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Scientists Attempt to Hush Noisy WA Bridge

Tuesday, December 11, 2018

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University of Washington scientists are investigating noise complaints that stem from cars passing over expansion joints belonging to the Highway 520 bridge, one of the longest floating bridges in the world, which carries Washington State Route 520 across Lake Washington from Seattle.

Researchers set up microphones in the bike lane and under the joints to help determine ways to quiet the bridge. More than 200 neighbors have complained since the structure opened in 2016.

Highway 520 Bridge

The Highway 520 Bridge, officially known as the Governor Albert D. Rosellini Bridge, also known as Evergreen Point Floating Bridge for the span it replaced, is a 7,710-foot-long bridge measuring 130 feet wide at its midpoint. The original structure was opened in 1963, a 7,578-foot-long floating span that cost $24.7 million to build, which translates to $198 million in 2018.

When it came time to replace the bridge, $4.5 billion in funding stemmed largely from the state gas tax that was set aside for infrastructure projects. By 2014, the project’s budget was increased by $250 million to account for cost overruns.

A $367 million contract was awarded to Kiewit-General Joint Venture in February 2010 for bridge pontoon design and construction; a $306 million contract was awarded to Eastside Corridor Constructors in November 2010 for the Eastside transit and HOV project; a $586.6 million contract was awarded to joint venture Kiewit/General/Manson in Augusut 2011 for designing and building the floating bridge and landings; and a $199.5 million contract was awarded to Flatiron West Inc. in July 2014 for designing and building the Montlake to Evergreen Point Bridge West Approach Bridge North project.

Noise Complaint Investigation

The Washington State Department of Transportation previously dealt with a similar expansion-joint sound issue when the second Tacoma Narrows Bridge opened in 2007. Concrete walls lined with foam were added to absorb low-frequency sounds, but the foam panels fell into the roadway, which caused a traffic hazard and subsequent removal of the panels in 2016.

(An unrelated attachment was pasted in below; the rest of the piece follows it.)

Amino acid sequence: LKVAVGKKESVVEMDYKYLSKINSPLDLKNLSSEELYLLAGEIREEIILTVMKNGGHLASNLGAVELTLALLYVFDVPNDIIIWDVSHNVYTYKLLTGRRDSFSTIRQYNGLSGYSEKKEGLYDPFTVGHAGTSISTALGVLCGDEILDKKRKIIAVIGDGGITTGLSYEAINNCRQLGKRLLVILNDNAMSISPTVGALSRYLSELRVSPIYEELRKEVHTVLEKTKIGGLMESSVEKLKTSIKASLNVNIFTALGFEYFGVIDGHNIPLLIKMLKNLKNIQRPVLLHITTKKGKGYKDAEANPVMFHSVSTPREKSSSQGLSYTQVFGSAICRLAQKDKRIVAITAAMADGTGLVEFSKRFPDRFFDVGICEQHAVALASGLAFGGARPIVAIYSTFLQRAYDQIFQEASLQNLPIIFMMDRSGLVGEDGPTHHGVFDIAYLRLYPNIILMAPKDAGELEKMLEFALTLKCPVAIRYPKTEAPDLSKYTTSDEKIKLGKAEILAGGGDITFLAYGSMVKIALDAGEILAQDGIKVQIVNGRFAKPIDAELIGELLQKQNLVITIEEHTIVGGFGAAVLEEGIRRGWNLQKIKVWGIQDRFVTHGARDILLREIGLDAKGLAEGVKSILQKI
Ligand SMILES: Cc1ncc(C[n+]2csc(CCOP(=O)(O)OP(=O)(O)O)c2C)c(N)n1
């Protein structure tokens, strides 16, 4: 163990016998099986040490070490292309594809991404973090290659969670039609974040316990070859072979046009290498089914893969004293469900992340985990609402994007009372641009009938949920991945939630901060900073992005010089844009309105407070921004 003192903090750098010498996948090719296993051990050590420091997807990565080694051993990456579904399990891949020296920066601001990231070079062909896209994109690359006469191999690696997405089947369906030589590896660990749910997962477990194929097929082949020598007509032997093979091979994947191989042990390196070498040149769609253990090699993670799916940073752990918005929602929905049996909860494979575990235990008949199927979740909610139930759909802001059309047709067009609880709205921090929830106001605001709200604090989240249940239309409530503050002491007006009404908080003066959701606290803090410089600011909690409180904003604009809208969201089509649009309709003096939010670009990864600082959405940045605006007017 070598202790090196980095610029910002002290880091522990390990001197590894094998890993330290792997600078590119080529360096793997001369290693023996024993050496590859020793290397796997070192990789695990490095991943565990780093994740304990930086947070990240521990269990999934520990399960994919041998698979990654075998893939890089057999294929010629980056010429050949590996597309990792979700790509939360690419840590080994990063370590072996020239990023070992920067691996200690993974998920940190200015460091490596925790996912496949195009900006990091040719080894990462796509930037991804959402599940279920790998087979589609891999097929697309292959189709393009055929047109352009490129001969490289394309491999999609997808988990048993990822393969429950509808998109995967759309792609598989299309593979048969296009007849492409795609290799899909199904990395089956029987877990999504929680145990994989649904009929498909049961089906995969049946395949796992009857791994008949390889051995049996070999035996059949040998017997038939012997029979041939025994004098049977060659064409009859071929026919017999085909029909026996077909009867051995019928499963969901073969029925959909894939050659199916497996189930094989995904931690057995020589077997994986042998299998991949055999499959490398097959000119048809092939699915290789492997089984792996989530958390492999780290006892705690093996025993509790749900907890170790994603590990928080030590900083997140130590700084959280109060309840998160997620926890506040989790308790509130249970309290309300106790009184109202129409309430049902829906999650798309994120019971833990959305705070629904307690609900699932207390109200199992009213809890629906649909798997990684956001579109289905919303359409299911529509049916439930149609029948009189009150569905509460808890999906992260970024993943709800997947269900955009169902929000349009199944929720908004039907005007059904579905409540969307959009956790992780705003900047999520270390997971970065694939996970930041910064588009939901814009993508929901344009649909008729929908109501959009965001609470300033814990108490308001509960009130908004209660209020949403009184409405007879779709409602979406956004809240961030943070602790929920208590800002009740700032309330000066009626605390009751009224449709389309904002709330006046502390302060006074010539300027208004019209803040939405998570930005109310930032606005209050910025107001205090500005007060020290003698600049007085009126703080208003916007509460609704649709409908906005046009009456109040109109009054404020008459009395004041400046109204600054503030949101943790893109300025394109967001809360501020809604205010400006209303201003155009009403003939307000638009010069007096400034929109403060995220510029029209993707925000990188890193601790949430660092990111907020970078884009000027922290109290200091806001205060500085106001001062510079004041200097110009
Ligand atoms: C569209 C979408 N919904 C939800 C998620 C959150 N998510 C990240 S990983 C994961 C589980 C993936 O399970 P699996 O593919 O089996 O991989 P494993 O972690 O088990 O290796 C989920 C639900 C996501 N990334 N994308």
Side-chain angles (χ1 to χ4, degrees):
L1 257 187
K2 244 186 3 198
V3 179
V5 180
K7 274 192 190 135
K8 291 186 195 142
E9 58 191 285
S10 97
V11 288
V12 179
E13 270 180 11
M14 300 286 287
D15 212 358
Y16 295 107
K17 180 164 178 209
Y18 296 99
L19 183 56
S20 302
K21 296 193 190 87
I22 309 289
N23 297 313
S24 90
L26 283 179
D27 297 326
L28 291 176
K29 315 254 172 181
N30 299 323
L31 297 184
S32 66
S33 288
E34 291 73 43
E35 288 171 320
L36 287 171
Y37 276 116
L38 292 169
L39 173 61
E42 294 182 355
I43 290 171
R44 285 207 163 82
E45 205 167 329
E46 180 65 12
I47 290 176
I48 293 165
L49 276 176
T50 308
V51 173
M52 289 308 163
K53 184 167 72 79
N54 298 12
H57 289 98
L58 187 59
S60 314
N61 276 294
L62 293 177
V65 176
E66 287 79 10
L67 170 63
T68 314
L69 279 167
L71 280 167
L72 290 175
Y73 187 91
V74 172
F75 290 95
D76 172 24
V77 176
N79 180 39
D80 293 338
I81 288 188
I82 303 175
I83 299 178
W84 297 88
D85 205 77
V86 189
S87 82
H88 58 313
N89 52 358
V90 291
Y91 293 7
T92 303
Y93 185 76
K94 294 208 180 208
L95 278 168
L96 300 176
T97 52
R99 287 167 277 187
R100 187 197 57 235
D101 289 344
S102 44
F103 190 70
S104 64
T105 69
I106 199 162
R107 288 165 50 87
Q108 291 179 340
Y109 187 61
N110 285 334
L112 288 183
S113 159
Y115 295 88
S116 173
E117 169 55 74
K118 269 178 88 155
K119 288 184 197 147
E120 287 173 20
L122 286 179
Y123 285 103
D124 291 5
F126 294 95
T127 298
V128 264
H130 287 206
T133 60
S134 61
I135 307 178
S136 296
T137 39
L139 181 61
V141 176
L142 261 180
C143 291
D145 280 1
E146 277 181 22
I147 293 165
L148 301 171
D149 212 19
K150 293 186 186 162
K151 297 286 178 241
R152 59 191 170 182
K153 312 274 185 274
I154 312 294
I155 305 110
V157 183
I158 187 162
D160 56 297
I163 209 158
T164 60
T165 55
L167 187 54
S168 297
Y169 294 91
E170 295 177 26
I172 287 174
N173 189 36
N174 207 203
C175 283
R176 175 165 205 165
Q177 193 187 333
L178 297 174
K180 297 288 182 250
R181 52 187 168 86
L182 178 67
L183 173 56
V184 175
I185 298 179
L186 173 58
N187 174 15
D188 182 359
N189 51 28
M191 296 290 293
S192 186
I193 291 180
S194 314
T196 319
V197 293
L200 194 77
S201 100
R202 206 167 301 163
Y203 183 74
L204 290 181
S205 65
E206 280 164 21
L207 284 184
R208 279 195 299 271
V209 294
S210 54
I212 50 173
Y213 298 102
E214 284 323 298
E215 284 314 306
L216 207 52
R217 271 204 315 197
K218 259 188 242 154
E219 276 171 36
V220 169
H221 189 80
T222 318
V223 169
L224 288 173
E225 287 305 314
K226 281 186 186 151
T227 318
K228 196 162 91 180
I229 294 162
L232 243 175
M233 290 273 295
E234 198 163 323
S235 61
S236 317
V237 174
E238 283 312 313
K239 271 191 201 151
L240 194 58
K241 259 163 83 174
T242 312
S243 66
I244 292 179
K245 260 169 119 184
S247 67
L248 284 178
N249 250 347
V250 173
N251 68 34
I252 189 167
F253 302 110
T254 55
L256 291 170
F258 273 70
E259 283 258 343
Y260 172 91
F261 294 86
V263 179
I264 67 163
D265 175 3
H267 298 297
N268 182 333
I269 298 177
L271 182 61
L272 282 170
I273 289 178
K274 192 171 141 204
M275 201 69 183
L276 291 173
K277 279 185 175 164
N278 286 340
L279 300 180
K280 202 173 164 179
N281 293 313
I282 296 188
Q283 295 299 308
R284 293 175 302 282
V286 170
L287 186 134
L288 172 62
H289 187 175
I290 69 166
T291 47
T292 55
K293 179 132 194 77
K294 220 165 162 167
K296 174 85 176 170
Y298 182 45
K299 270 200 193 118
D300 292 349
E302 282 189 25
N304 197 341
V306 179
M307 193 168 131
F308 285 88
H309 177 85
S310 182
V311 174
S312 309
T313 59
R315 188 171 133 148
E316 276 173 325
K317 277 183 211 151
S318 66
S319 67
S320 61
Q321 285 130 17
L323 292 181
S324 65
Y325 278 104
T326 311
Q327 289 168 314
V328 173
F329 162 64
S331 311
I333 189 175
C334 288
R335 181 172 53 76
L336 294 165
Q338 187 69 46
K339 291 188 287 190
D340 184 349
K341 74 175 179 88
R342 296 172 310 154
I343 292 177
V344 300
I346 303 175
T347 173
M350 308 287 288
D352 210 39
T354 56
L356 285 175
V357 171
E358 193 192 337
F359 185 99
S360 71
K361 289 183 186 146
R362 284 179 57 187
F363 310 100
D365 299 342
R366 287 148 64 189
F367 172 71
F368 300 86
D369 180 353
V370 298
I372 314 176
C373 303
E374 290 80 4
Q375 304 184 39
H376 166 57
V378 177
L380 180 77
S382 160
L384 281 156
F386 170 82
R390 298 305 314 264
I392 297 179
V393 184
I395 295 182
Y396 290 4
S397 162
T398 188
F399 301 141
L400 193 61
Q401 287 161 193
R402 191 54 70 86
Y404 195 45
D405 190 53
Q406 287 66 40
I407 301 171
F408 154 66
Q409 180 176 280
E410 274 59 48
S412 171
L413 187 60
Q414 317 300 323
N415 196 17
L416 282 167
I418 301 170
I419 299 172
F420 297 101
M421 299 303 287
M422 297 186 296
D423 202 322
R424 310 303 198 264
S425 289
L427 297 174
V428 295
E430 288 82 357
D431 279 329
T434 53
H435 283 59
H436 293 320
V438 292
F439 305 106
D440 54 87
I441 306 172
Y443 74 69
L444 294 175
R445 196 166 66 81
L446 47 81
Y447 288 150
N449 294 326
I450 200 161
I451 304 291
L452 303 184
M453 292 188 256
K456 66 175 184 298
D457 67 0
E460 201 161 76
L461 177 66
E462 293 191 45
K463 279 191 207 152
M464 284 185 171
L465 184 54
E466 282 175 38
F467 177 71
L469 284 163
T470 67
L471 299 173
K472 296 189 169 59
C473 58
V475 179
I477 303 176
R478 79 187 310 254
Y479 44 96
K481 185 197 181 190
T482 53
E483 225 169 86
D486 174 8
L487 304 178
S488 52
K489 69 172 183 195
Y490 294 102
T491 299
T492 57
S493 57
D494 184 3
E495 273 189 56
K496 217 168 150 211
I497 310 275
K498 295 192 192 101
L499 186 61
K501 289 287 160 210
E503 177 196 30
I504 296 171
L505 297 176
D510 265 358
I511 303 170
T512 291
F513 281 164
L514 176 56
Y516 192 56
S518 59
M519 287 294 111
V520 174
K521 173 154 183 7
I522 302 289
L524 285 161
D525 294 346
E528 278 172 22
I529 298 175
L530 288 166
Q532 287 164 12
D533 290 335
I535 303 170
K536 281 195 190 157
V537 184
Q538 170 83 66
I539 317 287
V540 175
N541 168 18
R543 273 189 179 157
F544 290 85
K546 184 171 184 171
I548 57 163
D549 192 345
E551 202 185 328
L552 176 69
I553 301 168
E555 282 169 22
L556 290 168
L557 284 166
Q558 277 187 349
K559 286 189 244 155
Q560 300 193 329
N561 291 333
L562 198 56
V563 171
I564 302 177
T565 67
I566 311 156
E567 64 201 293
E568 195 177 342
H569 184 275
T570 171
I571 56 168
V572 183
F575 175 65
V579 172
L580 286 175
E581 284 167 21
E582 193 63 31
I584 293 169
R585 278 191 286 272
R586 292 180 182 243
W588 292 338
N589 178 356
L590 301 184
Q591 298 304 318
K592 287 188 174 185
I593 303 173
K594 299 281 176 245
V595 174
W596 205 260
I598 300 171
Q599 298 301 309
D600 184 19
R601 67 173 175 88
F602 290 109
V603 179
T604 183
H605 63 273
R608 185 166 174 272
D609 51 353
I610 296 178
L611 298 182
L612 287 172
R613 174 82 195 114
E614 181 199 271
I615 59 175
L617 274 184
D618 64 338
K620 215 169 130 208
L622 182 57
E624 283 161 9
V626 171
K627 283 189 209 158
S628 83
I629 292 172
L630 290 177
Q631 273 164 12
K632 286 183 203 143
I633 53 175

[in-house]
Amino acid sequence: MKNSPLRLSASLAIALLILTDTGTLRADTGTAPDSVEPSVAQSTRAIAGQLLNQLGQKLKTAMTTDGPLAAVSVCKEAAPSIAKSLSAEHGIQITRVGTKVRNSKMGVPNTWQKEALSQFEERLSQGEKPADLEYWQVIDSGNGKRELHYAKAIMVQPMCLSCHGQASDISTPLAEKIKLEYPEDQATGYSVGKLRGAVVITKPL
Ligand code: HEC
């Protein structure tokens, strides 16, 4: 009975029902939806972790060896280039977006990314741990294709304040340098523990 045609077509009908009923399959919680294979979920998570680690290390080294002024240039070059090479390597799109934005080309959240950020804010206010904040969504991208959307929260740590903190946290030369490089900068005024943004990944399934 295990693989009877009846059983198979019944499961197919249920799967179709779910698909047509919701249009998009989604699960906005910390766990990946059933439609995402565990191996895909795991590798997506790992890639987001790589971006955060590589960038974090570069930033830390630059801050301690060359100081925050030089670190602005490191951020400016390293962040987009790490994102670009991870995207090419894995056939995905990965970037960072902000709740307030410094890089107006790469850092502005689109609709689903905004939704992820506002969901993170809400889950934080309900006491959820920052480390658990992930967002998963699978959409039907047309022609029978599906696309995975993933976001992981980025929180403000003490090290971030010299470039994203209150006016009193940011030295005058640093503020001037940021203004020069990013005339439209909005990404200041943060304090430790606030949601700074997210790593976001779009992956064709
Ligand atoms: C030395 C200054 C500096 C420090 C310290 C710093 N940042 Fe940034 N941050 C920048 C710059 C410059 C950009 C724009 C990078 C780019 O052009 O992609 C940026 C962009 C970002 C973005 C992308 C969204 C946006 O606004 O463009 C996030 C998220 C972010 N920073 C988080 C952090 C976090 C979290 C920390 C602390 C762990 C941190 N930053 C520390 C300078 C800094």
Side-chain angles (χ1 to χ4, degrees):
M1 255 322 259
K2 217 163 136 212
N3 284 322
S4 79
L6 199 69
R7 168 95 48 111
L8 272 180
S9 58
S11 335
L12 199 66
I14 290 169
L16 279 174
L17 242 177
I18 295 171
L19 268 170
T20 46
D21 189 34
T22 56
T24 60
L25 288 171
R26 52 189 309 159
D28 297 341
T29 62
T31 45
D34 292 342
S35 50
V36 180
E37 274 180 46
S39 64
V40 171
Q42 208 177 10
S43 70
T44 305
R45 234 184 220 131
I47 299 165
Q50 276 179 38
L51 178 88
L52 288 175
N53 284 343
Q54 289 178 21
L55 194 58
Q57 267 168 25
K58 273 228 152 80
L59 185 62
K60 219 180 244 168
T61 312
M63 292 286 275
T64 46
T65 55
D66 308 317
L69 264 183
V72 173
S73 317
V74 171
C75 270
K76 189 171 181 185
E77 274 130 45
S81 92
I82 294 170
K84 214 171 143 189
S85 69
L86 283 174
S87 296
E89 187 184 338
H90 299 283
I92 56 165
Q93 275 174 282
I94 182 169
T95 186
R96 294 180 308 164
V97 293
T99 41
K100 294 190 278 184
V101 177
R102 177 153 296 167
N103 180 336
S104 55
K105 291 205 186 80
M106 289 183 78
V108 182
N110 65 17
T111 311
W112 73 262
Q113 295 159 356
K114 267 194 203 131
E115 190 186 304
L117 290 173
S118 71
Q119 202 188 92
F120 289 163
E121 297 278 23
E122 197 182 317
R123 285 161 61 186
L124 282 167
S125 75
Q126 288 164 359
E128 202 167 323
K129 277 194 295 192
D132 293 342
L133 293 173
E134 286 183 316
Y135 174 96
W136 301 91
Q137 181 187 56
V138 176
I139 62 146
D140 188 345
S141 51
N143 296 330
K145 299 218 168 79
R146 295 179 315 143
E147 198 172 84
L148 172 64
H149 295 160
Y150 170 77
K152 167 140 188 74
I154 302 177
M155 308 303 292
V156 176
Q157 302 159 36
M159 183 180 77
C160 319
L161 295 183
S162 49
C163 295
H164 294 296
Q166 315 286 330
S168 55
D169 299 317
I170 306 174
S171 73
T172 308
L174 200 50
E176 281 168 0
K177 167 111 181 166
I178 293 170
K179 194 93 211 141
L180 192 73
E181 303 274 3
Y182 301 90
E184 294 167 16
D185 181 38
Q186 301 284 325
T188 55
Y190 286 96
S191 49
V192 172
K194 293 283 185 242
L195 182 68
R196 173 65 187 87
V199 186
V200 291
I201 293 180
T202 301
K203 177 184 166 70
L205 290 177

Taking lessons learned from the Narrows project, engineers placed a steel-and-concrete chamber under the expansion joints of the Highway 520 Bridge; the chamber is intended to help contain noise. A different problem arose, however: Soundwaves now travel up and out.

UW scientists initially surmised that the phenomenon is akin to plucking a guitar string over the instrument’s cavity, but preliminary findings indicated the noise comes from the top of the joint instead. The new bridge also uses grooved concrete rather than asphalt, which makes the sound more noticeable, noted Per Reinhall, UW professor of mechanical engineering.

WSDOT follows the government’s guidelines in evaluating sound, implementing a 67-decibel limit. An environmental impact statement predicted that the highway’s road barriers would help control the issue. By the time the sounds reach the homes beneath the bridge, they should be less than 61 decibels, WSDOT spokesperson Kris Reitmann told The Seattle Times.

UW scientists found that the peak pressures, which occur every time a vehicle hits the expansion joints, could range from 75 to 80 decibels during the quarter of a second a vehicle passes over the joints. Reinhall has suggested adding steel pieces to reshape the 12 straight bars found in each joint into wavy bars. As a result, tires would hit the bars differentially, rather than making parallel bars resonate.

The research team is slated to discuss findings with Medina city leaders Dec. 13. WSDOT will also issue a report to lawmakers by early January, Reimann said. This round is of study and retrofitting is preliminary.

Medina Councilmember Sheree Wen noted that she hopes WSDOT will make project requests before the Dec. 12 deadline for the 2019 budget cycle.

   

Tagged categories: Infrastructure; NA; North America; Program/Project Management; Quality control; Research and development; Transportation

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